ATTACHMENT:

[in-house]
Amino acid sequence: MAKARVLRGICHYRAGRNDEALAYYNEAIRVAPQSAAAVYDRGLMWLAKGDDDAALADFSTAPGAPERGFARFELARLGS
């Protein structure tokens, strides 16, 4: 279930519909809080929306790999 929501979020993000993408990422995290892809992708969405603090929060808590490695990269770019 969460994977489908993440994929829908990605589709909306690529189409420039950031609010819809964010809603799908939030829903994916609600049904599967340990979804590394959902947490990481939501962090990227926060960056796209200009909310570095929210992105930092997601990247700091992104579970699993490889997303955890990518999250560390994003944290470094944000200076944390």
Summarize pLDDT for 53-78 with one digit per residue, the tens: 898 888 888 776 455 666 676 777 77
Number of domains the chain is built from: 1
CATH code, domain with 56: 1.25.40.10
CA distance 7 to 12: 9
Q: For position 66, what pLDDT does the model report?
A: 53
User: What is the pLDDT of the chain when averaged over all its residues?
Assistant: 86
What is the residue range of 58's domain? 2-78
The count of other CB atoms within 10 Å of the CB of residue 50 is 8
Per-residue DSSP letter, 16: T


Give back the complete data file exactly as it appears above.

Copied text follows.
[in-house]
Amino acid sequence: MAKARVLRGICHYRAGRNDEALAYYNEAIRVAPQSAAAVYDRGLMWLAKGDDDAALADFSTAPGAPERGFARFELARLGS
């Protein structure tokens, strides 16, 4: 279930519909809080929306790999 929501979020993000993408990422995290892809992708969405603090929060808590490695990269770019 969460994977489908993440994929829908990605589709909306690529189409420039950031609010819809964010809603799908939030829903994916609600049904599967340990979804590394959902947490990481939501962090990227926060960056796209200009909310570095929210992105930092997601990247700091992104579970699993490889997303955890990518999250560390994003944290470094944000200076944390």
Summarize pLDDT for 53-78 with one digit per residue, the tens: 898 888 888 776 455 666 676 777 77
Number of domains the chain is built from: 1
CATH code, domain with 56: 1.25.40.10
CA distance 7 to 12: 9
Q: For position 66, what pLDDT does the model report?
A: 53
User: What is the pLDDT of the chain when averaged over all its residues?
Assistant: 86
What is the residue range of 58's domain? 2-78
The count of other CB atoms within 10 Å of the CB of residue 50 is 8
Per-residue DSSP letter, 16: T